DISCUSSION

Spigelian hernia occurs through congenital or acquired defects in the Spigelian fascia. This is the area of the transversus abdominis aponeurosis, lateral to the edge of the rectus muscle but medial to the Spigelian line, which is the point of transition of the transversus abdominis muscle to its aponeurotic tendon.1,3 Klinklosch, in 1764, was the first to describe a Spigelian hernia. However, it was only in 1976 that Spangen described in detail the anatomic aspects of Spigelian hernias in his thesis.4

Eight years later, this same author reviewed the published material on Spigelian hernias. At that time, 744 patients had required surgery for this condition. Although the proportion of the patients requiring emergency surgery was not reported, only 21% of all cases were classified as incarcerated at the time of surgery. The hernia sac usually contains the greater omentum. However, involvement of other organs has been reported, including the small intestine, colon, stomach, gallbladder, Meckel's diverticulum, appendix, ovaries and testes.1-3

Although cases of Spigelian hernia in infants and children have previously been described, these hernias have mainly occurred among adults between 40 and 70 years of age, and generally in obese females who have undergone parturition several times. Many reports on Spigelian hernias have emphasized the difficulty in making the diagnosis, for the following reasons: (1) the nonspecific variety of symptoms, (2) their small size, (3) the intramural location of the hernia (usually located between different muscle layers), and (4) the non-diagnostic findings on plain abdominal radiographs.1,3

Although there is a long list of possibilities regarding the differential diagnosis of superficial lesions in the abdominal wall, the most common diseases that mimic Spigelian hernia include rectus sheath hematoma, abdominal wall abscess and seroma. Less commonly, other entities such as fibroma, lipoma, sarcoma and hemangioma may be found.

The diagnostic procedures are mainly aimed at demonstrating a hernial orifice or sac. Plain abdominal radiographs and gastrointestinal tract studies using barium sulfate are diagnostic only if the bowel has herniated through the defect and appropriate oblique views are obtained.

Spangen, in 1984, was the first to use ultrasonic scanning for the diagnosis of Spigelian hernia. This approach has gained wider acceptance recently. According to Spangen, rapid and accurate diagnosis can be made by carefully scanning the abdominal wall to demonstrate the discontinuity in the echo line from the aponeurosis caused by a hernial orifice in the Spigelian fascia, at the level of the palpable mass or point of tenderness.1,5

Isolated case reports have demonstrated that computerized tomography (CT) scanning using closely spaced slices through a limited area may reveal the hernial orifice in the Spigelian fascia. However, Spangen stated in one of his articles that ultrasonography and CT scans probably have the same sensitivity for demonstrating the hernial orifice in the Spigelian aponeurosis.1,3

Nonetheless, most authors have found that many Spigelian hernias may remain undiagnosed until laparotomy is performed. Weiss et al. reported, in a series of 178 patients, that the correct preoperative diagnosis was made only in 92 cases (51.7%).1,3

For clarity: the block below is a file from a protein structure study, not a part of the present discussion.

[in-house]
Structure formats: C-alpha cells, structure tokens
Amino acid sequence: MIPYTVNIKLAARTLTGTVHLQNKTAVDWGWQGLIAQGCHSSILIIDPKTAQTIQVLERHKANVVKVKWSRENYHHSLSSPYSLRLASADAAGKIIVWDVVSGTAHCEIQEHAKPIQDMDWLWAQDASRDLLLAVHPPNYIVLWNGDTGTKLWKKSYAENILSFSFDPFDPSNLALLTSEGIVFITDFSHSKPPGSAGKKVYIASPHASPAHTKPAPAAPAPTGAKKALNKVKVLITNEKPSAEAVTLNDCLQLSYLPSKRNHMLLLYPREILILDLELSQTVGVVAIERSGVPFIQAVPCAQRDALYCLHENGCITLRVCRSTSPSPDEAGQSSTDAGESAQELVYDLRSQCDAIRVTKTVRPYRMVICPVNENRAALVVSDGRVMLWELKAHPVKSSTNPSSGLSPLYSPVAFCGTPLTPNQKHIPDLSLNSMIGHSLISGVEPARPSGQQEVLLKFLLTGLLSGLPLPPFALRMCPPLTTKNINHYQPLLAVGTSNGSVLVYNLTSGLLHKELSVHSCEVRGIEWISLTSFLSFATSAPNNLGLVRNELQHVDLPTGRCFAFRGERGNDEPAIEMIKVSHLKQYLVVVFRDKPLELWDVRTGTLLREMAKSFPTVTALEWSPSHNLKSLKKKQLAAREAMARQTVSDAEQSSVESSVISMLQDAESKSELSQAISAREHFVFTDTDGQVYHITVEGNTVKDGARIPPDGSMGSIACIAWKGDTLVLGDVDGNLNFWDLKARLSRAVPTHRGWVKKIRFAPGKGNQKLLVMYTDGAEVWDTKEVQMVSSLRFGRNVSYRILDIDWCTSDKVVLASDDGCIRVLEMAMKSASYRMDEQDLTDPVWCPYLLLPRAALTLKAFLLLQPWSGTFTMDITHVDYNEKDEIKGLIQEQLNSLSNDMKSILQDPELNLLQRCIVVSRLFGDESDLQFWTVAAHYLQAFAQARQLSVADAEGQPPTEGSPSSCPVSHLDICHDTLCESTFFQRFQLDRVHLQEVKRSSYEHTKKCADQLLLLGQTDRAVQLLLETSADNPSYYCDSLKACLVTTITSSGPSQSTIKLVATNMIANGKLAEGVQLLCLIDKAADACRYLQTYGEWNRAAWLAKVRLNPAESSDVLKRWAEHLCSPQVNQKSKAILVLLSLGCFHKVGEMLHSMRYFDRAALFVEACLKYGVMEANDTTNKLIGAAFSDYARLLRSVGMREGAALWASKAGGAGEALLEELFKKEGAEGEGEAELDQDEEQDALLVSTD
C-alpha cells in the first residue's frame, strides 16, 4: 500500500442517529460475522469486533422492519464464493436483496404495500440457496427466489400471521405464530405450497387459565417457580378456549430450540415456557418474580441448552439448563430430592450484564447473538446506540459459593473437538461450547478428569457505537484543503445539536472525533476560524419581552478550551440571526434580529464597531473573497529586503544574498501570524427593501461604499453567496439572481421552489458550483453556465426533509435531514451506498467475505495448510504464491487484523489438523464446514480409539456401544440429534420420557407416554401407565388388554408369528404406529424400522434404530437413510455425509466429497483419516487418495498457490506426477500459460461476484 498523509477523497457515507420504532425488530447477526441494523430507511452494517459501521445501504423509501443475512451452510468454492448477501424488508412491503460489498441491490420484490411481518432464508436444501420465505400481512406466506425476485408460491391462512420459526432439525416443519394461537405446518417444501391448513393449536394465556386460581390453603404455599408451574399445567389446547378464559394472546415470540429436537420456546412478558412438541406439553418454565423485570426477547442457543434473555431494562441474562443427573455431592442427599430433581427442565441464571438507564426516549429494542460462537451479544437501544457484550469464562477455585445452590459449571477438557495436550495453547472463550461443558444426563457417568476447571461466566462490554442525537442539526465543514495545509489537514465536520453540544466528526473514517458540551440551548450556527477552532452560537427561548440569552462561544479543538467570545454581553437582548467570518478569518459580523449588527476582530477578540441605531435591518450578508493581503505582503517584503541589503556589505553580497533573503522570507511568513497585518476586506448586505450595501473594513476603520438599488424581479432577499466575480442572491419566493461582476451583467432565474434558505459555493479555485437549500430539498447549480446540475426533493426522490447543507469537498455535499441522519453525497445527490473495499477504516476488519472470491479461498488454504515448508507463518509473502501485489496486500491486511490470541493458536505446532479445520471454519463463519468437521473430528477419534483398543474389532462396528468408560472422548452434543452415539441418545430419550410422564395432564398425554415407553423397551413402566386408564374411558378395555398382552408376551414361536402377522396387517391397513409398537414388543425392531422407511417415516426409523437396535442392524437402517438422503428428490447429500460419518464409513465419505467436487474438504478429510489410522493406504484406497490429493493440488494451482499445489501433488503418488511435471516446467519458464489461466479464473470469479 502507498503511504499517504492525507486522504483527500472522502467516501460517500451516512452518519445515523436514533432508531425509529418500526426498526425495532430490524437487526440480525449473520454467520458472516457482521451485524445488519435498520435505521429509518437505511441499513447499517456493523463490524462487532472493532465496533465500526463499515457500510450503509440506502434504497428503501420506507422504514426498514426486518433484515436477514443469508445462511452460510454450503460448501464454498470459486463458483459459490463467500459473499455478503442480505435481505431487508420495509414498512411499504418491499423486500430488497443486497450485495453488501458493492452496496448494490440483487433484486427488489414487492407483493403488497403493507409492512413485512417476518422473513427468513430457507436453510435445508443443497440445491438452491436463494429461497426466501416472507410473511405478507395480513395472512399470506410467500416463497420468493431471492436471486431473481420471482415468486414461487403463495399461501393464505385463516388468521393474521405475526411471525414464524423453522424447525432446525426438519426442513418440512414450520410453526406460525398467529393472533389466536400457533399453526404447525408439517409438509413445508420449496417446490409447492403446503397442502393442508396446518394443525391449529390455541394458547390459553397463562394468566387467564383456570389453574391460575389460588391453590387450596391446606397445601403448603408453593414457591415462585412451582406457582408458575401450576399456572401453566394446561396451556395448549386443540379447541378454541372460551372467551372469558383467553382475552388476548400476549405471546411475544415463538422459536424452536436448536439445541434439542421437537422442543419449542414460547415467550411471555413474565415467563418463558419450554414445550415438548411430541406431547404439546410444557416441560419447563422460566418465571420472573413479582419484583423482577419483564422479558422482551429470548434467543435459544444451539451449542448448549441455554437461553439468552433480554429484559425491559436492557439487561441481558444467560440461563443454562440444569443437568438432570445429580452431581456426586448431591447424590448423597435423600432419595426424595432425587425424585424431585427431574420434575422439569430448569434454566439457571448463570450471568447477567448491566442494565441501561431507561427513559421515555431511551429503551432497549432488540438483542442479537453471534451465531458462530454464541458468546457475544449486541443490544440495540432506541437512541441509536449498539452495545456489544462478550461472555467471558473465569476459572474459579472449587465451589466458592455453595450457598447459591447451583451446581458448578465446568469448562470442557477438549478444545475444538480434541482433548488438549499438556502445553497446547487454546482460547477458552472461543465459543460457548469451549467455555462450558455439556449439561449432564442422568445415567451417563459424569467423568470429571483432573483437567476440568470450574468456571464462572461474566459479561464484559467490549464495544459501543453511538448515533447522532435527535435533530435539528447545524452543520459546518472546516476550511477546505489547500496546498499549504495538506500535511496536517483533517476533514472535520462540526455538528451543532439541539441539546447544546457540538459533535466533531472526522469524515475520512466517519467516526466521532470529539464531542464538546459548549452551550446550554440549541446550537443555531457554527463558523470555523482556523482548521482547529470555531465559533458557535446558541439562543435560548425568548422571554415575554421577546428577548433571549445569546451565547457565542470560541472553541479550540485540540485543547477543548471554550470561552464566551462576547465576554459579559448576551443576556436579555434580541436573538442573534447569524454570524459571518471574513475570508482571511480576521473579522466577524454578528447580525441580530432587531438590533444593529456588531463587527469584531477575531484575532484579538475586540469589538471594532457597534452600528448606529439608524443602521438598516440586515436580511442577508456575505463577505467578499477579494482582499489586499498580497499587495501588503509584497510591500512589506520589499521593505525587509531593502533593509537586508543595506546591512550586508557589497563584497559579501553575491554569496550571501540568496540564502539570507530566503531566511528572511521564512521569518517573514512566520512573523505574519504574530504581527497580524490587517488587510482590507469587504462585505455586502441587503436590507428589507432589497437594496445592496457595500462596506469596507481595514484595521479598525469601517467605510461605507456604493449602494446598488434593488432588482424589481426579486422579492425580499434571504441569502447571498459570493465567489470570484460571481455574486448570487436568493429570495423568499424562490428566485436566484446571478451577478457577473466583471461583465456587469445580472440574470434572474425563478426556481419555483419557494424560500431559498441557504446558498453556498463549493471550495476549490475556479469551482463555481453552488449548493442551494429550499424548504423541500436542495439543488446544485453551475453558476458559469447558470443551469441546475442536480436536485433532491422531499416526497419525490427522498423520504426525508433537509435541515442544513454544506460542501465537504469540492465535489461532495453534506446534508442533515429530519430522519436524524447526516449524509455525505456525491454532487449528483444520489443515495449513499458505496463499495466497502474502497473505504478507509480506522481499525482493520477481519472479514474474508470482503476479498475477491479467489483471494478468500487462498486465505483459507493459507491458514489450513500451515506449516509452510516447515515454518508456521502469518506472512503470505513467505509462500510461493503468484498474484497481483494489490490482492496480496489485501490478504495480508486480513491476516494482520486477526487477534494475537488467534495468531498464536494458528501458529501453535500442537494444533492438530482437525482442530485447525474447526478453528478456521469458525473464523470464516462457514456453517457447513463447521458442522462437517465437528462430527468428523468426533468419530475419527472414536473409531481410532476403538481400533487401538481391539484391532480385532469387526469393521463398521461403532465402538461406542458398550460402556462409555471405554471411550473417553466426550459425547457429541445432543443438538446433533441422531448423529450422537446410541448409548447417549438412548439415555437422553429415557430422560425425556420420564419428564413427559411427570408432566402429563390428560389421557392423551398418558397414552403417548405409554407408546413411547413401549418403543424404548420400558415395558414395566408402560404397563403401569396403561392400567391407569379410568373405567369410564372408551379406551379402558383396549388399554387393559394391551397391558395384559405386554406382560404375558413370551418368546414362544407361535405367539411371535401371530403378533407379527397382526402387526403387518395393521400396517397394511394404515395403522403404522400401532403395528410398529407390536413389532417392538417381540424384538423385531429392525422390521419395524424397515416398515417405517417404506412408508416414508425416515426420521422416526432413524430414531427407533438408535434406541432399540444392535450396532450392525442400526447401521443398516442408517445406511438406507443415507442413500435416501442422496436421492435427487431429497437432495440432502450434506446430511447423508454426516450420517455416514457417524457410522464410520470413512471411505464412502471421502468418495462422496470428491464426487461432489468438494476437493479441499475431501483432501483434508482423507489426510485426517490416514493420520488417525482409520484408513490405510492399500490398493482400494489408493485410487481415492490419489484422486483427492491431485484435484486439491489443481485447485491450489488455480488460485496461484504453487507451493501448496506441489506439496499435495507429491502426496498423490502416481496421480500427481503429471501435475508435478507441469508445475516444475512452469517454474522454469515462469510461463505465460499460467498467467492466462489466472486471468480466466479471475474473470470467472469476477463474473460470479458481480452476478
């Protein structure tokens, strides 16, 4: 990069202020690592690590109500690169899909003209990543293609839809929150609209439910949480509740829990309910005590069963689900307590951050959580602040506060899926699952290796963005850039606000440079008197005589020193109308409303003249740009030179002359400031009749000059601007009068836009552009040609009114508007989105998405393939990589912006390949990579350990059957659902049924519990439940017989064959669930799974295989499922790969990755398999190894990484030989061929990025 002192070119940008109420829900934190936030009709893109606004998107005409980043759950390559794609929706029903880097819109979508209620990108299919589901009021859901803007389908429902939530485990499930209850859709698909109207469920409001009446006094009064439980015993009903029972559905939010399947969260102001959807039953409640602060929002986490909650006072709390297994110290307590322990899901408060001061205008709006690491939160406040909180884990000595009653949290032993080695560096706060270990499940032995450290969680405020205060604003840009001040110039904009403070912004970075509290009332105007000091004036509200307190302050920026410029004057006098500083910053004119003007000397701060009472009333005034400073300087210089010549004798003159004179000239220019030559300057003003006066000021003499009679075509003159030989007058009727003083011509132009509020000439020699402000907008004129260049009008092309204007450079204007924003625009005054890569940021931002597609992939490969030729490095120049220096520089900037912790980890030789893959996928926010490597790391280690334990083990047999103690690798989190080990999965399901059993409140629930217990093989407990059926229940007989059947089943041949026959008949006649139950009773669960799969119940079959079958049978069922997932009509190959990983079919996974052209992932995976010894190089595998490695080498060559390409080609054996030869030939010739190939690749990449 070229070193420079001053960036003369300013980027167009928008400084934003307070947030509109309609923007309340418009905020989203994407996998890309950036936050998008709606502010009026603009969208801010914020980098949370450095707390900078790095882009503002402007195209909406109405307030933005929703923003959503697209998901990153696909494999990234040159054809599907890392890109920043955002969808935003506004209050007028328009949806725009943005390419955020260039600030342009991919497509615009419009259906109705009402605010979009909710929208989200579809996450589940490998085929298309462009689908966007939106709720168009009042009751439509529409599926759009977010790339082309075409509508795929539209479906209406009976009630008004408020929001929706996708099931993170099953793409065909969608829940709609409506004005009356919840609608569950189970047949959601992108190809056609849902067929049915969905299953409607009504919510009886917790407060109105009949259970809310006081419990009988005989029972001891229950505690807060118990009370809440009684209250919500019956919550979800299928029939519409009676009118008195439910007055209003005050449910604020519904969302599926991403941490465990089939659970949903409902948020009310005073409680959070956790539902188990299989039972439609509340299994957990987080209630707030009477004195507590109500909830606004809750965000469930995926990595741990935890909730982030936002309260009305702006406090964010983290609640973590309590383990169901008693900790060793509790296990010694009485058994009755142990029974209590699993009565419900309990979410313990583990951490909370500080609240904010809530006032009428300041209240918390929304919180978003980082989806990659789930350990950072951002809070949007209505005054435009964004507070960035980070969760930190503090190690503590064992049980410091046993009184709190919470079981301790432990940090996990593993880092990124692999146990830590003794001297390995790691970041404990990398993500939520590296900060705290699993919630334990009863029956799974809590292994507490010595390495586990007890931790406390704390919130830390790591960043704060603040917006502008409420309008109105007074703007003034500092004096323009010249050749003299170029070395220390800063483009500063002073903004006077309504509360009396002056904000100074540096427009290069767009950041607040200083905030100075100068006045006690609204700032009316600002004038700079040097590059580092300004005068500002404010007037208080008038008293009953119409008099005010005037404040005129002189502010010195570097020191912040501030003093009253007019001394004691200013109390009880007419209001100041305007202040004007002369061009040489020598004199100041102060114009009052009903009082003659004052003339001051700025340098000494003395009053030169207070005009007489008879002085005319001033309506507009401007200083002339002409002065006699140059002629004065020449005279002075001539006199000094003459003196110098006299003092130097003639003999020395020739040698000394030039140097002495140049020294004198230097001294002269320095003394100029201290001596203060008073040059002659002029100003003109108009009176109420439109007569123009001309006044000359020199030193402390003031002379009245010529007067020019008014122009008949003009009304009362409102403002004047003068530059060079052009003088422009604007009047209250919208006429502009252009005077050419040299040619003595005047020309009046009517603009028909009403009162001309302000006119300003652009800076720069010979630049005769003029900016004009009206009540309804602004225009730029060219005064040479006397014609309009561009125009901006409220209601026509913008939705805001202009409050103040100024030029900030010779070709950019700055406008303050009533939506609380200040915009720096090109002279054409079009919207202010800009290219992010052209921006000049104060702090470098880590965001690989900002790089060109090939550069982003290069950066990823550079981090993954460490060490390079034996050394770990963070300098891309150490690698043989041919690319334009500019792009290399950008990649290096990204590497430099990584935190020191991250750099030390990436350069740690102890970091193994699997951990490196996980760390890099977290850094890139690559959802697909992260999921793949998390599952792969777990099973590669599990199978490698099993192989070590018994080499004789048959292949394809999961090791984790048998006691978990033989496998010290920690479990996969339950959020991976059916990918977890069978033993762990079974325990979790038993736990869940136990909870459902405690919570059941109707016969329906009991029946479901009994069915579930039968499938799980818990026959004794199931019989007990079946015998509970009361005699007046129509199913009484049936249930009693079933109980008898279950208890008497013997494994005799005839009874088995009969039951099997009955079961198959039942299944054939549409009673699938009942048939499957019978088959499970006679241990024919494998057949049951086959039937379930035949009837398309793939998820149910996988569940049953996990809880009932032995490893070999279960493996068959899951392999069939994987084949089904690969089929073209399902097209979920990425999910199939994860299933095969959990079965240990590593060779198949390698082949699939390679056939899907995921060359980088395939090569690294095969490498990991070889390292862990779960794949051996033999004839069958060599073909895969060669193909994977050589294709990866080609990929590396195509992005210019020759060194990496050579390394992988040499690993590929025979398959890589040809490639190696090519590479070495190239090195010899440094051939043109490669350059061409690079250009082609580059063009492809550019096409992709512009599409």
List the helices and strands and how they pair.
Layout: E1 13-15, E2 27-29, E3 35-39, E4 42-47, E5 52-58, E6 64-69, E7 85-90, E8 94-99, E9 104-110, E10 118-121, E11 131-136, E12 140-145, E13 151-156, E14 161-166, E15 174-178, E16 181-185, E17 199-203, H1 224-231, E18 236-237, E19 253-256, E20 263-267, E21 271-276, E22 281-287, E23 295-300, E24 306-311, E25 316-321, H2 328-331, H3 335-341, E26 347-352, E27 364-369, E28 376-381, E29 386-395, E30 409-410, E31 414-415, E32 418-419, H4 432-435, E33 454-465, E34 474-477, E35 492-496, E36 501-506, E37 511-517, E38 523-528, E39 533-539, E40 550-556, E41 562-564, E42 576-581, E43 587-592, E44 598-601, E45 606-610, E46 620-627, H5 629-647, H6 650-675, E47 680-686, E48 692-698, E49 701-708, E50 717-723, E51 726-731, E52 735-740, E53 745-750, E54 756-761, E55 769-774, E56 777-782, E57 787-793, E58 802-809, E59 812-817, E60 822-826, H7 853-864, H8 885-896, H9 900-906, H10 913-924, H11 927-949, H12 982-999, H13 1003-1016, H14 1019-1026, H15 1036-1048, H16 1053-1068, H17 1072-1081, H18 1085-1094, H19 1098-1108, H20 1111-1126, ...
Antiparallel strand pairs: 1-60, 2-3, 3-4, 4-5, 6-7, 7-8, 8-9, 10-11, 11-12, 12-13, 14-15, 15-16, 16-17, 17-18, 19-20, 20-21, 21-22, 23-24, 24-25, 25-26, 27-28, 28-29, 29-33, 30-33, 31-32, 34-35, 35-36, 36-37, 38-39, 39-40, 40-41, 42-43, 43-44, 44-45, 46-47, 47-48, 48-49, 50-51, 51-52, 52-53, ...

Although uncommon, Spigelian hernias account for over 2% of cases undergoing emergency surgery for abdominal wall hernia. The treatment of this condition is always surgical, and typically has excellent results. In a review article published in 1989, only five recurrences after surgical treatment were reported out of a total of 876 patients (0.7%).1 Recently, laparoscopic management of this rare condition was described with very good results, and with the particular advantage of being able to treat concomitant intra-abdominal surgical affections as described by Fisher in 1994.6

This case report demonstrates the need to remain alert regarding the possibility that this rare entity is present. Detailed physical examination and choosing appropriate diagnostic procedures assist in achieving correct preoperative diagnosis, thereby contributing towards an adequate surgical approach.

 

REFERENCES

1. Spangen L. Spigelian hernia. World J Surg. 1989;13(5):573-80.        [ Links ]

2. Nozoe T, Funahashi S, Kitamura M, et al. Ileus with incarceration of Spigelian hernia. Hepatogastroenterology. 1999;46(26):1010-2.        [ Links ]

3. Spangen L. Spigelian hernia. Surg Clin North Am. 1984;64(2):351-66.        [ Links ]

4. Spangen L. Spigelian hernia. Acta Chir Scand Suppl. 1976;462:1-47.        [ Links ]

5. Fried AM, Meeker WR. Incarcerated Spigelian hernia: ultrasonic differential diagnosis. AJR Am J Roentgenol. 1979;133(1):107-10.        [ Links ]

6. Fisher BL. Video-assisted Spigelian hernia repair. Surg Laparosc Endosc. 1994;4(3):238-40.        [ Links ]

 

 

Correspondence to
Ruy Jorge Cruz Junior
Rua Marivaldo Fernandes, 140.
São Paulo (SP) — Brasil — CEP 04792-060
Tel./Fax. (+55 11) 3085-7887
E-mail: expcruzjr@incor.usp.br

Sources of funding: None
Conflict of Interest: None
Date of first submission: November 18, 2003
Last received: May 3, 2005
Accepted: May 3, 2005

 

 

AUTHOR INFORMATION

Edson Augusto Ribeiro, MD. Postgraduate student, Department of Surgery, Faculdade de Medicina da Universidade de São Paulo, São Paulo, Brazil.
Ruy Jorge Cruz Junior, MD, PhD. Attending physician, Instituto do Coração (InCor), Faculdade de Medicina da Universidade de São Paulo, São Paulo, Brazil.
Samuel Martins Moreira, MD. Attending surgeon, Instituto Dante Pazzanese de Cardiologia, São Paulo, Brazil.